Sion Lewis, CEO at IRIS Accountancy Solutions
When it comes to political and legislative changes, UK accountants certainly have their hands full. The likes of Brexit, General Data Protection Regulations (GDPR) and Making Tax Digital (MTD) will all have serious implications for practices across the country.
However, accountants aren’t alone, there is barely an industry in the UK which won’t need to comply to the latest wave of red tape. Each of the above regulations and political uncertainties will eventually impact every single company in the UK, meaning the regulations are business critical for accountants’ client base too.
Take GDPR for example. Non-compliance could be the difference between success and failure, and fines will be as high as €20 million or four per cent of annual turnover come 25th May 2018. While penalties for MTD non-compliance haven’t been announced yet, delays mean MTD is likely to be on the backburner for many firms. Digital recording keeping and management is quickly becoming a necessity – not only legally but to remain relevant to client bases. So, it’s a safe assumption that accountants are taking these legislative changes seriously, right?
Managing the red tape
WANT TO BUILD A FINANCIAL EMPIRE?
Subscribe to the Global Banking & Finance Review Newsletter for FREE Get Access to Exclusive Reports to Save Time & Money
By using this form you agree with the storage and handling of your data by this website. We Will Not Spam, Rent, or Sell Your Information.
There seems to be a worrying gap between confidence levels and the work currently taking place. With less than five months until GDPR compliance is mandatory, research shows just six per cent of UK accountants believe their organisation will not be ready by May 2018. On the surface, this sounds like great news, but accountants have some way to go before they can be confidently compliant. Only 41 per cent have reviewed their personal data protection processes, while even fewer (36 per cent) have implemented a GDPR plan. Perhaps the most frightening figure is only 39 per cent of accountants have started talking to their clients about what GDPR will mean for them, meaning there may be businesses out there who don’t recognise the obstacle about to hit them.
Although Brexit isn’t legislation, accountants’ clients need to prepare for the vast changes it will bring. Any business trading with countries in the EU will need to look at how they will be impacted over the coming years as profit margins are likely to be hit. Similarly, international clients with offices in the UK and EU countries may need to look at the viability of relocating elements of the business, depending on the results of the impending negotiations. That’s before the inevitable legislative changes which will hit accountants and businesses once the UK is no longer under the rule of the EU.
This is a tumultuous time which businesses will expect their accountant to support them through, and rightly so. As it stands only 11 per cent of accountants currently offer Brexit planning as a service and just 13 per cent believe they will do so in three years’ time. This highlights a wider mindset within the industry which needs to change. For many this results in red tape being tackled at the last minute. This shouldn’t be the case – legislative change must be viewed as an opportunity.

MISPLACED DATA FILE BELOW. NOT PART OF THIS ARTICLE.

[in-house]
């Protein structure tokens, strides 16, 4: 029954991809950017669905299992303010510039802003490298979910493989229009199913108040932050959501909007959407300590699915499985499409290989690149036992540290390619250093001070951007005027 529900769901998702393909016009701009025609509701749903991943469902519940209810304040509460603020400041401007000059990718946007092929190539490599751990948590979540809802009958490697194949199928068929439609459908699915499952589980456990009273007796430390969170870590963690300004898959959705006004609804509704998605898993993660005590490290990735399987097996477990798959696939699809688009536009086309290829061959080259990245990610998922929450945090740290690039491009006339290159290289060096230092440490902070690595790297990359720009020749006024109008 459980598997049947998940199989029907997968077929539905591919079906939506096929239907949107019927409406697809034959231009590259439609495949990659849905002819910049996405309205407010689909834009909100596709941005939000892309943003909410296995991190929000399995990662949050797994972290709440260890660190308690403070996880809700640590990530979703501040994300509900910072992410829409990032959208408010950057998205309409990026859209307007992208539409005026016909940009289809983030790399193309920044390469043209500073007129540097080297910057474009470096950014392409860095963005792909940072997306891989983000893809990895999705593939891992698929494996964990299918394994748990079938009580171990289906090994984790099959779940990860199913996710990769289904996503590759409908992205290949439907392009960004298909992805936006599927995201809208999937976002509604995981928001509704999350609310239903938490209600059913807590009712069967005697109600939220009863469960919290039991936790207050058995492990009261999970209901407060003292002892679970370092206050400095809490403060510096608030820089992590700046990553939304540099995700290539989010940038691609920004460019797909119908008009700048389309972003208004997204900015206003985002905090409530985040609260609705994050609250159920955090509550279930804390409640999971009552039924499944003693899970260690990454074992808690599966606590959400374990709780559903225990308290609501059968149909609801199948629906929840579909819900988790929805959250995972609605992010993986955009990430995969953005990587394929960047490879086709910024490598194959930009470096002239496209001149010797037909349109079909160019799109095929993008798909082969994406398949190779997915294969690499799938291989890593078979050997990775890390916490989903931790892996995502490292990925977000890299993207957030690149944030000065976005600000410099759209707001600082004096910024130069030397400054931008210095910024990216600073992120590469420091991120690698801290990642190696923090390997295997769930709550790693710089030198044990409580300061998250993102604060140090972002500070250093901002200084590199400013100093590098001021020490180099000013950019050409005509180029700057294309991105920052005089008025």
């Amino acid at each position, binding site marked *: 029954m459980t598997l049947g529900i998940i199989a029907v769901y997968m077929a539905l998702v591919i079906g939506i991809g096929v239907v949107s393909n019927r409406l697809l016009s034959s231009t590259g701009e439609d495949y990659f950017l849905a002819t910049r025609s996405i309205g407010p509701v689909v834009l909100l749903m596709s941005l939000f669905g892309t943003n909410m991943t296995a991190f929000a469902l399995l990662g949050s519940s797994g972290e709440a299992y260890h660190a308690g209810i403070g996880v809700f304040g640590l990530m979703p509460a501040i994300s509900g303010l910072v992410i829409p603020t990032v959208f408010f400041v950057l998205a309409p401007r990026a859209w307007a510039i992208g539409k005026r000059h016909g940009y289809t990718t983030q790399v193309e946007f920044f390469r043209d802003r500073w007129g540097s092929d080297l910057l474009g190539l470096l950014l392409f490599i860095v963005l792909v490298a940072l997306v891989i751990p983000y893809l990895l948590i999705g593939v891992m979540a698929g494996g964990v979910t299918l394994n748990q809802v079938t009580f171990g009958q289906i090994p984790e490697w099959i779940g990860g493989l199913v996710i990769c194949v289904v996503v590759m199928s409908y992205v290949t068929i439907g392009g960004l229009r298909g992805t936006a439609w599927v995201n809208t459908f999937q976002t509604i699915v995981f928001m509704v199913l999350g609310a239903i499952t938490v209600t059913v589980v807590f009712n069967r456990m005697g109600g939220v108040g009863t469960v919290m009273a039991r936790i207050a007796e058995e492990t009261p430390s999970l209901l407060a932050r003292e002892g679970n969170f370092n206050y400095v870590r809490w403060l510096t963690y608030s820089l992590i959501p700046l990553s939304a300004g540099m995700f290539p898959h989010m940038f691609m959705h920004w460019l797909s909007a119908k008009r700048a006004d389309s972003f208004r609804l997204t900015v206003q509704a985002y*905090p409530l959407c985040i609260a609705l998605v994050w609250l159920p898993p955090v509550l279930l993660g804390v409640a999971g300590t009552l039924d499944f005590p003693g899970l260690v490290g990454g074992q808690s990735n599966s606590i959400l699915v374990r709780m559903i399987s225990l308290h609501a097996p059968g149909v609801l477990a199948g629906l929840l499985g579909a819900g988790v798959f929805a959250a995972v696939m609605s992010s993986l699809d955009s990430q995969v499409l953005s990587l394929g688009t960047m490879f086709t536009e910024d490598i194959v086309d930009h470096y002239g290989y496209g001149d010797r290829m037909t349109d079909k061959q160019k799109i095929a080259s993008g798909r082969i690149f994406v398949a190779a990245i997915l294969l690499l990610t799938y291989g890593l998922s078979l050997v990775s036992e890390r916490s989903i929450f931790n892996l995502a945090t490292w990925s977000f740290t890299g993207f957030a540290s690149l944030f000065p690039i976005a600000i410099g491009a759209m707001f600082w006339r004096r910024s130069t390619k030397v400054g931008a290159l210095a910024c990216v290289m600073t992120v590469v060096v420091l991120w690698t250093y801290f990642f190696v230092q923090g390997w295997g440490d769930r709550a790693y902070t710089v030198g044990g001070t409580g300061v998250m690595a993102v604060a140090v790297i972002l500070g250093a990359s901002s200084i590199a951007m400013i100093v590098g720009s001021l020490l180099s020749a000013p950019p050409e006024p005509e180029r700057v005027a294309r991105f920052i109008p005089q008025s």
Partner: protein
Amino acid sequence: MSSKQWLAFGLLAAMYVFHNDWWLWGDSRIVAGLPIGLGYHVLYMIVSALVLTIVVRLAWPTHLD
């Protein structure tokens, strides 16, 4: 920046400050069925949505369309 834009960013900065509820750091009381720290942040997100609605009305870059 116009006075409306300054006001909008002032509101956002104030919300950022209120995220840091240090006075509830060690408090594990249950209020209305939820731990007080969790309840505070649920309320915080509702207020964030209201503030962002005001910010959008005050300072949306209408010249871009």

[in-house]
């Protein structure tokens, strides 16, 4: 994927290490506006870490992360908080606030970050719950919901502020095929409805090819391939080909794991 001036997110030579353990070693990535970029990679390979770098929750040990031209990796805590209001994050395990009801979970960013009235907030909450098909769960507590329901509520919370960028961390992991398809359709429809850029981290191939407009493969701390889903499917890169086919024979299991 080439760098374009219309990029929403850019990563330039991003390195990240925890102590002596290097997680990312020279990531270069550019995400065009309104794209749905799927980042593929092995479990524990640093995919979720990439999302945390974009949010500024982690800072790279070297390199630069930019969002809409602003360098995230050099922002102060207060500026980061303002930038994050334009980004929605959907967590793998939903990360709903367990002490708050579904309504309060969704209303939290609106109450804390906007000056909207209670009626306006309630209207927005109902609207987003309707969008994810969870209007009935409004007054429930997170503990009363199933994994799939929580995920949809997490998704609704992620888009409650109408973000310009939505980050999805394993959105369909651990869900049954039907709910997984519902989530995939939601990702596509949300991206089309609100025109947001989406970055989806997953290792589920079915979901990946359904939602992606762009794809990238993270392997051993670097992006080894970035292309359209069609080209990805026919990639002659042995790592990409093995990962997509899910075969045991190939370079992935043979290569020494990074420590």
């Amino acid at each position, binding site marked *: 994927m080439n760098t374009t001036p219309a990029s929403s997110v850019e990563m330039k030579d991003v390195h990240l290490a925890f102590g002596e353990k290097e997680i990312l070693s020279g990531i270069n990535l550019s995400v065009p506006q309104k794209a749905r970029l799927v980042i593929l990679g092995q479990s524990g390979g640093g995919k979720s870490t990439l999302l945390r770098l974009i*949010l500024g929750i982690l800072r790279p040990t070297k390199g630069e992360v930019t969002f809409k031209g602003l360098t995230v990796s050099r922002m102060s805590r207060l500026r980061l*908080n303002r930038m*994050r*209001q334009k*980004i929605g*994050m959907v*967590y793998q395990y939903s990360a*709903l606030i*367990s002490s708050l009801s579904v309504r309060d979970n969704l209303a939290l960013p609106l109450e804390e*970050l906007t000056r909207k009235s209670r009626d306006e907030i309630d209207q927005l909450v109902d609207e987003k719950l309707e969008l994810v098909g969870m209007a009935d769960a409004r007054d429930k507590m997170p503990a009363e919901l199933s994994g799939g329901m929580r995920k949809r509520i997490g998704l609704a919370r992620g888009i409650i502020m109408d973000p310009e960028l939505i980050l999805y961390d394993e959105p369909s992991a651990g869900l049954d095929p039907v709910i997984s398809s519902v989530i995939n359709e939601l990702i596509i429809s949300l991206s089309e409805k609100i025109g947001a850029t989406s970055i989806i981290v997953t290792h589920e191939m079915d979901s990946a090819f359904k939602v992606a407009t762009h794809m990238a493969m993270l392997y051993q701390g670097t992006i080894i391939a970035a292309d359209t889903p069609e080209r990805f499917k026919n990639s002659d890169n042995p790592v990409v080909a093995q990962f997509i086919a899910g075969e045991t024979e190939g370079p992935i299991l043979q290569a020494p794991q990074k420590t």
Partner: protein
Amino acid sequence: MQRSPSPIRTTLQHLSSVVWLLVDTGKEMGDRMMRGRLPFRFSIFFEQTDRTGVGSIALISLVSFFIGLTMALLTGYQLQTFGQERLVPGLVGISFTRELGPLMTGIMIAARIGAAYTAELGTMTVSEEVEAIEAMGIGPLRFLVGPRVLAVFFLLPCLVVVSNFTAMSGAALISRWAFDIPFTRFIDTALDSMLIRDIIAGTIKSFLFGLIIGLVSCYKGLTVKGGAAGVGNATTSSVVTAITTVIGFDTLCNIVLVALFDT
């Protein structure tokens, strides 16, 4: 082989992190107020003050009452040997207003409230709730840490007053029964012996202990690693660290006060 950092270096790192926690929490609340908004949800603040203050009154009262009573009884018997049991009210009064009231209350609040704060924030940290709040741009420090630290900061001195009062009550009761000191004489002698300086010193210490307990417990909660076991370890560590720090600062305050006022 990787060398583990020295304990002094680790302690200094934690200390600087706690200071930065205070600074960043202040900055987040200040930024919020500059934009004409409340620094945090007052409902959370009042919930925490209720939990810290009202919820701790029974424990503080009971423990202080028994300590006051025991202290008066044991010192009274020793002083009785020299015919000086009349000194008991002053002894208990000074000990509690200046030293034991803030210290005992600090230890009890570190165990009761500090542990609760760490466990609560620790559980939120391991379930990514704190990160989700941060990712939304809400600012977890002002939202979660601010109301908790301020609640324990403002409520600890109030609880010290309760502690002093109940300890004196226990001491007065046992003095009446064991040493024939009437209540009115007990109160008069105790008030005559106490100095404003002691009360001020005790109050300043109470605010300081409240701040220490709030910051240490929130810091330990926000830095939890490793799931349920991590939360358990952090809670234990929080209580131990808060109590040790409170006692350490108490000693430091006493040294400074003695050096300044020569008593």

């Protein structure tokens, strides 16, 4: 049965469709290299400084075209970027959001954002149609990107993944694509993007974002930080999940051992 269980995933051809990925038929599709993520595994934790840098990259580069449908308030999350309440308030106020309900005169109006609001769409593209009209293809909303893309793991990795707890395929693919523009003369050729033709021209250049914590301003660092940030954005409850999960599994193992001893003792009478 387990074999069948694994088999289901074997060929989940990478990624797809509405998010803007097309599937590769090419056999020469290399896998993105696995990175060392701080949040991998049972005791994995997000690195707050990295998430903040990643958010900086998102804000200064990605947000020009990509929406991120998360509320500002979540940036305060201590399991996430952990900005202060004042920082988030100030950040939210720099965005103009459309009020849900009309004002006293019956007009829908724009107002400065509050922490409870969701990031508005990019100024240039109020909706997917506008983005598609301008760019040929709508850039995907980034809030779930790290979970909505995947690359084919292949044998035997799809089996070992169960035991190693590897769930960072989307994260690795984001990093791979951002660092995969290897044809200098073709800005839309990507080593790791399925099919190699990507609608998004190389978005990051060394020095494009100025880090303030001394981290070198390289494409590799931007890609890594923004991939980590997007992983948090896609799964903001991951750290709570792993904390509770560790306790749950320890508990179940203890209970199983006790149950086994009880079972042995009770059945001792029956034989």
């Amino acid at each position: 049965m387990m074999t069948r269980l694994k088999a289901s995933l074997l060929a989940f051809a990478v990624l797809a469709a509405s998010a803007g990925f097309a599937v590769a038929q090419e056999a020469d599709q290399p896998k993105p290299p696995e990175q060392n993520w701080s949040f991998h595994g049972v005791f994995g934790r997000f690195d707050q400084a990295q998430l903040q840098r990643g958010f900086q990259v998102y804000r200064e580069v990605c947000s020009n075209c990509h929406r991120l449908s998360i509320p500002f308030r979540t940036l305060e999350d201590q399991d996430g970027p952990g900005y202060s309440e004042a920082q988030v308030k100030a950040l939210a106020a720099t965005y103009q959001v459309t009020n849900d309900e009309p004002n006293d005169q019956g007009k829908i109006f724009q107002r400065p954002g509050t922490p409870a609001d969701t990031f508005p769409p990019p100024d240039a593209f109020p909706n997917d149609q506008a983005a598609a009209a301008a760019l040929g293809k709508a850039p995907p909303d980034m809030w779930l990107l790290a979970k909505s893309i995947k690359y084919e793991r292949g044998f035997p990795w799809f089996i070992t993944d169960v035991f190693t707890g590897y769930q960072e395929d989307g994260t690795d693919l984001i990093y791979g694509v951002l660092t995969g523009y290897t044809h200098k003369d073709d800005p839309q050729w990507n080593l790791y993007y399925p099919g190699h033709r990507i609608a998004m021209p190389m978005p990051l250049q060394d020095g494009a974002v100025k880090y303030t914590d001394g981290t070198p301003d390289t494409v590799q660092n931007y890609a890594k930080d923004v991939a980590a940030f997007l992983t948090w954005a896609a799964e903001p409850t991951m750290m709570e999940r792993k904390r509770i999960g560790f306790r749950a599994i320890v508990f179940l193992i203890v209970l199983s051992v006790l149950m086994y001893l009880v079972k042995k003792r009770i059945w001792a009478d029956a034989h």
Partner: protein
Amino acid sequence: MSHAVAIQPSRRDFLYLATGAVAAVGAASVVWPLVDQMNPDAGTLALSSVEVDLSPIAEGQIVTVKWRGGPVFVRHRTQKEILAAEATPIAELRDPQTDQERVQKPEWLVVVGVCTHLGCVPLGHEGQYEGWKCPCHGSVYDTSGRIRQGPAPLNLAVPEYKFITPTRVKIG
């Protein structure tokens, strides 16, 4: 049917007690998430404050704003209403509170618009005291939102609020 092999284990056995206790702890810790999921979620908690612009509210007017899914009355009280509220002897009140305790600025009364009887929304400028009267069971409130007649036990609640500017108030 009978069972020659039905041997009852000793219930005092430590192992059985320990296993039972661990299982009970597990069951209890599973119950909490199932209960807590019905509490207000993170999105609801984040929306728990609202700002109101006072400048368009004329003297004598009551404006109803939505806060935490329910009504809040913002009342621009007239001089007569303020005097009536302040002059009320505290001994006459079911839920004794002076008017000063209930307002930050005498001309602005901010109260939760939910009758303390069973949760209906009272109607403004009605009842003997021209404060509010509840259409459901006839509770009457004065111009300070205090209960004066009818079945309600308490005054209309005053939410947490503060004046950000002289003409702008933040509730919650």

Although the constant barrage of red tape which hits accountants and their clients can be challenging, it’s an opportunity to further strengthen client relationships.
Accountants must therefore position themselves as indispensable business advisers to consult on every step of the compliance journey. To do so, they must work with clients to uncover regulatory weaknesses, before helping to eradicate these issues. Only then will the practice become a business critical element of the company, vital to its success. This is something the C-suite is willing to pay for. The accountants which tackle red tape head on and work well in advance to remove their clients’ stress will find themselves as industry leaders. After all, if given the option no organisation will choose to rush compliance at the last minute when they consider the impact penalties for failure could have.
The same is true for Brexit preparations. If an accountant isn’t willing to offer this as a service it’s only a matter of time before businesses look elsewhere for a firm that does.
Embracing technology to ease red tape complexity
One reason regulatory change is viewed as a burden rather than an opportunity is due to the sheer amount of work which goes into ensuring compliance for the entire client base. However, it doesn’t have to be that way.
By embracing technology, accountants can automate large portions of compliance work which would traditionally have taken months. For example, for the upcoming MTD legislation, requiring small businesses to adopt digital record keeping and quarterly tax reporting, will all but ensure compliance without a vast increase in workloads. In fact, after the initial change to digital, workloads will fall due to the automation offered.
Once accountants realise technology which enables them to upsell to their clients and tackle red tape that puts them in a quandary, it will undoubtedly transform the practice for the better. Firms will be able to position themselves as the expert in compliance for their clients, offering them peace of mind whenever new legislation is introduced. Owning red tape from the moment it’s announced by discussing it with the client before they have a chance to worry about the implications, right through to the introduction of compliance, means the practice will become more than a service provider. It will become a vital part of the client’s business.